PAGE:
{
            for(b=0; b<Smoke.length; b++)
            {
                  for(c=0; c<Age.length; c++)
                  {

                        document.write(Gender[a] + " , " + Smoke[b] + " , " + Age[c]);
                        document.write("<br>");
                  }
            }      
      }
}

</script>
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Expert Comment

by:TransBind
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oups I didn't know the solution was already posted
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Author Comment

by:henningero
Comment Utility
Excellent. Thank you very much _TAD_! You are truly a man among boys!
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Expert Comment

by:TransBind
Comment Utility
< ---- slow
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Expert Comment

by:Agarici
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i suppose the solution _TAD_ gave you works just fine, however with large sets it can be time consuming.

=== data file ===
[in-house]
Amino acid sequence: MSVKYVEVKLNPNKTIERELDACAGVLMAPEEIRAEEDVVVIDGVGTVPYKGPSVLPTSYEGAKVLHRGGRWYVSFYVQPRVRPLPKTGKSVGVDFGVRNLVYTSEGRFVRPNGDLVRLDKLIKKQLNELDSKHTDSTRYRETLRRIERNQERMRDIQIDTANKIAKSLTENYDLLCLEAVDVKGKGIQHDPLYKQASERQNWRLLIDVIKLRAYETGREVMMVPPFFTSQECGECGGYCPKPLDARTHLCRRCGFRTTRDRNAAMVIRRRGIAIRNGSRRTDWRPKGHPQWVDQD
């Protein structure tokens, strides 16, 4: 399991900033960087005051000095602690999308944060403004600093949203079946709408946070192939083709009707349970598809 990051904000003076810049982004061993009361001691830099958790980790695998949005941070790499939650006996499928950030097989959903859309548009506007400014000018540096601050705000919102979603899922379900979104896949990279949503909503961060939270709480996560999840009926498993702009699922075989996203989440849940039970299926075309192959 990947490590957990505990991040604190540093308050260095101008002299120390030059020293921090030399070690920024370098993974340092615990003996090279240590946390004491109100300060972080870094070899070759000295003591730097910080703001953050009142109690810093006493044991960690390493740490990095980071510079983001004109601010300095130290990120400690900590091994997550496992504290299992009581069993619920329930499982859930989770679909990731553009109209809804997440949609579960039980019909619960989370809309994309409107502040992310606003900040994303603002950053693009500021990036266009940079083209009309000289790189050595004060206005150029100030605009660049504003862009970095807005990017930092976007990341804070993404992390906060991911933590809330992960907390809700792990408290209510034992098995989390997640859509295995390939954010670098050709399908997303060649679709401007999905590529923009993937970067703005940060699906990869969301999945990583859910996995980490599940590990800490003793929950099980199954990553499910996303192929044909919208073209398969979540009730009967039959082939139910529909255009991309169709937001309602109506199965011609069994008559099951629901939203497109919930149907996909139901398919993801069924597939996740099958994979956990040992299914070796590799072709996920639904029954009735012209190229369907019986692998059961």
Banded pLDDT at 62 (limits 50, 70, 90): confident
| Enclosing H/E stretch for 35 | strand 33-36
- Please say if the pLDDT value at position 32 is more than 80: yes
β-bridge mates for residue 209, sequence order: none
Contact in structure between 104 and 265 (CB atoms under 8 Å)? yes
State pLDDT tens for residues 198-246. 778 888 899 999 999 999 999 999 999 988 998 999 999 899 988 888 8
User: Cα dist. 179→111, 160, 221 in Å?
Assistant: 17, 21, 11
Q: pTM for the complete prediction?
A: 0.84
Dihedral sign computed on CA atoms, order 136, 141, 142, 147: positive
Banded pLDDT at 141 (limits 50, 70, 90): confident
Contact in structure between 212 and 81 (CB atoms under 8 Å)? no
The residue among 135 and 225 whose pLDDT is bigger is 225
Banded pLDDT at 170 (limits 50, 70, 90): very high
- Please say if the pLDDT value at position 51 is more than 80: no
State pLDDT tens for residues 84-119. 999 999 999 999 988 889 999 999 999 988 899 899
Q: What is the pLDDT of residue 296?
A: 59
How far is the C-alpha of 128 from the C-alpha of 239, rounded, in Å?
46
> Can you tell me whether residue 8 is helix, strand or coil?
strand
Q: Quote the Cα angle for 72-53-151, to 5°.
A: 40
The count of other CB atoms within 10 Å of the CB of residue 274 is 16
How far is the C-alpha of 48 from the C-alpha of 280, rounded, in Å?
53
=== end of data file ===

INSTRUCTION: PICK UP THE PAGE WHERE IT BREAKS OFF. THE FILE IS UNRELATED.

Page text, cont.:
so just as an idea: if you put  the three(or more) kinds of atributes in 3(or more) database tables you will only have to do a 'cross join' because what you need to do is campute the cartesian product of the three sets of values.

 
A.
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Author Comment

by:henningero
Comment Utility
Thanks, TransBind. I think you just missed it. But an excellent answer nonetheless! Thanks to you both!
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Expert Comment

by:_TAD_
Comment Utility


Agarici>

  That did actually cross my mind (using a cartesian join on database tables).  However, in my experience it is really just as quick to load several arrays as long as the data is not too complex and the amount of data is relatively trivial.


if henningero were to ultimately have more than... let's say 10,000 distinct permutaions then the solution i provided would work, but it would be extremely slow (perhaps 6 to 12 seconds of load time).

In a realistic setting, I don't foresee henningero's final data payload to be more than 50 or 100 distinct items (200 items on the high side).  Hence the quick and dirty, brute force method I provided.

but I like the way you think... efficiency is right near the top of the list when it comes to writing code



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by:_TAD_
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Thanks for the points!